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Coffee Aliases Give Cup of 'Joe' New Meaning

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Coffee Aliases Give Cup of 'Joe' New Meaning

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Coffee Aliases Give Cup of 'Joe' New Meaning

Coffee Aliases Give Cup of 'Joe' New Meaning

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  • <iframe src="https://www.npr.org/player/embed/128828538/128830351" width="100%" height="290" frameborder="0" scrolling="no" title="NPR embedded audio player">
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That guy in front of you at the coffee shop might not actually be named "Bob." Joe Raedle/Getty Images hide caption

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Joe Raedle/Getty Images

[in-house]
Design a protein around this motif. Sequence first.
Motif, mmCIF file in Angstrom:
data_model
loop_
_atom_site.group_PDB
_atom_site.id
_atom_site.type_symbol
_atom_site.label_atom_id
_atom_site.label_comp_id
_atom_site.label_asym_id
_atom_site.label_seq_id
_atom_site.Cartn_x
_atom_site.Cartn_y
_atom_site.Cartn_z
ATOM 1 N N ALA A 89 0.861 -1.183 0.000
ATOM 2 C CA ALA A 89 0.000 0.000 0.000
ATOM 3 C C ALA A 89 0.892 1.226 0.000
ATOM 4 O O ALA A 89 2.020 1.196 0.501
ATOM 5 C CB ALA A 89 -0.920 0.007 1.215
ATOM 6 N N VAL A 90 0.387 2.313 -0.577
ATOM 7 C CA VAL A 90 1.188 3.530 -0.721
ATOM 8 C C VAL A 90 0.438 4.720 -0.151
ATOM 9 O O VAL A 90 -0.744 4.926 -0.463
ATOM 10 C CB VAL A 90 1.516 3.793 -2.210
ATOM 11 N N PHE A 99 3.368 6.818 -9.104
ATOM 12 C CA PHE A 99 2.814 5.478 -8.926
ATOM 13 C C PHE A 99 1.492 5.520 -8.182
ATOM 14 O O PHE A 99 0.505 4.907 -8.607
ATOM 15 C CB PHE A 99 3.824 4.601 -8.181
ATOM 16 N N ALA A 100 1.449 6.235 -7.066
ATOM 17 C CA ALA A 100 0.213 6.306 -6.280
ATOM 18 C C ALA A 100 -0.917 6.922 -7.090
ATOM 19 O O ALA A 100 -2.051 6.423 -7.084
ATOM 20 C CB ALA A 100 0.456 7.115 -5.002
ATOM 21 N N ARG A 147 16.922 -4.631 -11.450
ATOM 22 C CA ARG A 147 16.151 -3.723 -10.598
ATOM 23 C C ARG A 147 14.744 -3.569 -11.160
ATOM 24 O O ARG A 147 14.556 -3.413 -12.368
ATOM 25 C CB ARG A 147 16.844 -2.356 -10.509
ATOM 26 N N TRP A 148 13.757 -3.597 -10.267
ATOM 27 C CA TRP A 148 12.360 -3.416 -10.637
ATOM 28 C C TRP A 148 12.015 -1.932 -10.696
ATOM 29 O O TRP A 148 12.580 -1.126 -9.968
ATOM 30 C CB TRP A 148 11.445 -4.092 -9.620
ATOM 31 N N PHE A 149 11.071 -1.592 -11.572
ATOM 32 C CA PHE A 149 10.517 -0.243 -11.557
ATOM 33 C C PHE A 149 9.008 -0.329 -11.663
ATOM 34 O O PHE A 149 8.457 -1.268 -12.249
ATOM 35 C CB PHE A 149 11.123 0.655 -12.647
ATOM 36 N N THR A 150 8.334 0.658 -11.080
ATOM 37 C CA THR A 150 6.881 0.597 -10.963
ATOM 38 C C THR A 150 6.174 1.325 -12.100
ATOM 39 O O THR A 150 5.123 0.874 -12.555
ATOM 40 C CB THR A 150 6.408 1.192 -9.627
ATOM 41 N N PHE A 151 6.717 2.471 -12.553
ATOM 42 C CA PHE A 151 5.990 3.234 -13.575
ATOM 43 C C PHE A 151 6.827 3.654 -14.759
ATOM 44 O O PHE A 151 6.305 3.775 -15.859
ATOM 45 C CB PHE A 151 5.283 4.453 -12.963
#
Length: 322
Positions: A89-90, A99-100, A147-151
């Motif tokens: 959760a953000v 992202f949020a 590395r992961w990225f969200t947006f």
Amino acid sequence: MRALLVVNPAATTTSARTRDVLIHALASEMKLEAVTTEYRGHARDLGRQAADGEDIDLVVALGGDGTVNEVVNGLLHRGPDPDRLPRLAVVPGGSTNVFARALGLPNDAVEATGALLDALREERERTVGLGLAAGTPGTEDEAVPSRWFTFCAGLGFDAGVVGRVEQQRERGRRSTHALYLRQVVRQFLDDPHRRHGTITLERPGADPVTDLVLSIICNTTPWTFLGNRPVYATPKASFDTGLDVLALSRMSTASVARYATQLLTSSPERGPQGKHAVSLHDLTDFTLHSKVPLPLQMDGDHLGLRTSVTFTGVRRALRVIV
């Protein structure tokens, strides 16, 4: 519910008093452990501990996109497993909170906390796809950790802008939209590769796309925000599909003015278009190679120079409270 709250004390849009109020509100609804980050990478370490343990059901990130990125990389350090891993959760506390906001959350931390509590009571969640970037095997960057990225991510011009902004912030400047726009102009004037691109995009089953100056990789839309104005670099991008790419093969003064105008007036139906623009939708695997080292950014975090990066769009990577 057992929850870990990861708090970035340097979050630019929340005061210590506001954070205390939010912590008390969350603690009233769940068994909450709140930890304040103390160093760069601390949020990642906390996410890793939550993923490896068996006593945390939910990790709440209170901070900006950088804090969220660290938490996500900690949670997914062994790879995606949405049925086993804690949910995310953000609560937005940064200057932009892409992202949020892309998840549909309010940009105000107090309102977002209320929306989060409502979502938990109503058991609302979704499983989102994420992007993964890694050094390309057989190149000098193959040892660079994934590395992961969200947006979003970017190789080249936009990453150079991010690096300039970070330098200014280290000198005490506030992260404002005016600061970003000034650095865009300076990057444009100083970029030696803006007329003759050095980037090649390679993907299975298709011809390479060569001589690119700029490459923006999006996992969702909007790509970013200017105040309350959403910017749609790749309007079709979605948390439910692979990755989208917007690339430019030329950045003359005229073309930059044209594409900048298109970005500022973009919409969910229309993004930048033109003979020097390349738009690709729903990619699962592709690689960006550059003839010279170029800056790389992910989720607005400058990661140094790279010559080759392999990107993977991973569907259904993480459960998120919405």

That guy in front of you at the coffee shop might not actually be named "Bob."

Joe Raedle/Getty Images

When Shefali Kulkarni, a reporting fellow at the Village Voice in New York City, is asked for her name while ordering coffee at Starbucks, she tells the barista a little fib. She uses "Sheila," her "coffee name."

"I was in line at Starbucks, and they asked for my name," Kulkarni says. "And spelling 'Shefali' just took forever. And I think at one point, somebody in the line — in the back of the line — was saying, hurry up — like, let's go. And it's when it dawned on me. I'm like, 'You know what? Forget this. I'm just going to use a fake name. I can't take this anymore.' So the next time I ordered coffee, the first thing that came to mind was Sheila."

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Kulkarni says the name stuck. Then, on a return trip to Starbucks, she noticed that most of the names written on the drinks were like Tom, Sue and Joe — other "American" names, she says.

"I noticed the people that were waiting for the drinks didn't really — I mean, maybe this is totally racial profiling, but they came across as not Toms or Sues or Joes," she says. "And at one point, this woman picked up a coffee and she said, 'Oh, this is just my coffee name,' and it shook me up. I was like, oh, my God, I'm not the only one."